Which is lucky for aspiring comedy writers, if he is giving a panel at the London Screenwriters’ Festival. Here were some of the highlights:

On his new production company: “I’m setting up a production company. Whoops, I shouldn’t say that in a room full of writers – try to space it out, don’t all send me stuff at once. Write a pitch; if we like it, then you write a draft. I want to get excited about a project so I can go in with the writers and help them sell it.”

On now directing his comedies as well as writing: “When you’re on set, you watch what the director does. One thing I realised quite quickly is that you don’t really need any skills! And when I’m writing, I see it like on a television screen in my head anyway. So if you want to direct, try to get in on a set and observe the director.”

On script gurus: “I think I screwed myself by going to a Robert McKee lecture too early. He does a terribly dangerous thing, which is to teach you to write a classic, not to write a first draft. You have to give yourself the freedom to be terrible on the first draft.”

On creating characters: “I’m not a fan of the character profiling thing – what their eye colour is, or where they went to school. I find lines of dialogue that suggest an attitude. There’s a great piece on this by Dan Harmon on his blog: his suggestion is to go through your phone contacts and stop on someone who provokes a strong reaction in you, then start writing down things that you associate with them or that describes them.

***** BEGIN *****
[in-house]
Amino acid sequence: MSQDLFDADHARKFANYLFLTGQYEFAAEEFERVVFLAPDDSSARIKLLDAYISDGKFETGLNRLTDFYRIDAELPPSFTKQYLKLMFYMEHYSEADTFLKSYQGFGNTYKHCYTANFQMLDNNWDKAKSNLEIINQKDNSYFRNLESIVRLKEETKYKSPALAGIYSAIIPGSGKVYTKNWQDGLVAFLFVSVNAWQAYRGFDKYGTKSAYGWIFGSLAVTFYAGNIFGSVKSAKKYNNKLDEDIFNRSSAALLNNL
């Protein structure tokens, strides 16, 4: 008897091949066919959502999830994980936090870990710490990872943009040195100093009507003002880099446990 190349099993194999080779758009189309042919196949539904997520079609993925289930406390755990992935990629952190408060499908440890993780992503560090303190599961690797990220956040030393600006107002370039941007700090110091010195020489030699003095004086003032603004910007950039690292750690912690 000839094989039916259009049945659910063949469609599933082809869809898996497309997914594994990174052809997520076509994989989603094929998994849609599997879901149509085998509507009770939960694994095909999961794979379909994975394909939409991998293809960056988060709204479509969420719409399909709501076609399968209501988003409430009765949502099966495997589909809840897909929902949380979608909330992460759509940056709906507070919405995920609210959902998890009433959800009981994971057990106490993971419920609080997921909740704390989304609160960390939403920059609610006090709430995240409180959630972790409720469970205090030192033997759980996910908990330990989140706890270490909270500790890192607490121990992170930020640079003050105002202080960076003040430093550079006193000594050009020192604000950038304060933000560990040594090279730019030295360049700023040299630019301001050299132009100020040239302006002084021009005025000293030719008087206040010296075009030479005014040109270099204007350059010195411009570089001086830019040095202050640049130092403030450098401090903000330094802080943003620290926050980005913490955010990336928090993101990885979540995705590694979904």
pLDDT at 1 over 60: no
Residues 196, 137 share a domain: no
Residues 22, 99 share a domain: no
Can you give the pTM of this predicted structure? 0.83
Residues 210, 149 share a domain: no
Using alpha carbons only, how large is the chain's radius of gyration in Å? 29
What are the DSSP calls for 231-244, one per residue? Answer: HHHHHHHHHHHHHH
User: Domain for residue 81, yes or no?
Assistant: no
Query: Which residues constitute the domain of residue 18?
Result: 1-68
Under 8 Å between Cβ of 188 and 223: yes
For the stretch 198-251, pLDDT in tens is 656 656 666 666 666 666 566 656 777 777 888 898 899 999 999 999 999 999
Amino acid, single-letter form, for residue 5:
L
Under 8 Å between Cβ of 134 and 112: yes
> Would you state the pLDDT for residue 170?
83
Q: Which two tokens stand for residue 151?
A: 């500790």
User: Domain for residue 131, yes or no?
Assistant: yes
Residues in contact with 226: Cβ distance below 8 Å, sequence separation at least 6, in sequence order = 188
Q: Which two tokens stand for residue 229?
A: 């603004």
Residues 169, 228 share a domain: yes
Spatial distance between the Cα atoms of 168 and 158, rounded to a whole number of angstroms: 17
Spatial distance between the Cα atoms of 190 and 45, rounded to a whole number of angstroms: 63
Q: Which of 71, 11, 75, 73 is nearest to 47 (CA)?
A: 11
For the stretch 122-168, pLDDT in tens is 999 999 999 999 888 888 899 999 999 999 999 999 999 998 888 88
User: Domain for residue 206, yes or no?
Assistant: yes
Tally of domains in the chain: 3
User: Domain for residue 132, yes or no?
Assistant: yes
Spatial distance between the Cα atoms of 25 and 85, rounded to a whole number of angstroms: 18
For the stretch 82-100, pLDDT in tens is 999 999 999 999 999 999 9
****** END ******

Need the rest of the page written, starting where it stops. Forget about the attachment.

“I always make a distinction between above the line and below the line. ‘Above the line’ character traits are how that person sees themselves, and ‘below the line’ is how they really are. It’s brilliant when those are opposites.”

On the three moments: “Geoffrey Perkins said a great thing to me: you really need three great moments in an episode; the rest is filling it with gags. Three things that the next day people will say, ‘Did you see that?’ So any episode I ask myself, are there those three moments?”

On the trap: “Griff Rhys Jones said all sitcoms need a trap, a reason why the characters don’t just up and leave.”

On how, even if you’ve created something, it doesn’t necessarily mean they’ll consult the writer (yikes): “If I had to do The IT Crowd again I wouldn’t put it in a basement. It was a hook, an Upstairs, Downstairs sort of thing, but it made it hard to get people down into the basement plausibly. I found out about the American version of The IT Crowd online, and by the time I did it was shot, nearly, and it was an absolute carbon copy, including all our mistakes – like setting it in the basement. [The US series was commissioned in 2007, was written, and was to have starred Richard Adeoye again, but was cancelled before production by a new incoming head honcho.]

“Why did no one tell me about it? It was when Talkback were getting really big, and the left hand didn’t know what the right was doing. Also they just thought of it as a property that could be sold, like Who Wants To Be A Millionaire; but no, it’s not just changing ‘arse’ to ‘ass’, there’s a whole lot of tweaks you need.”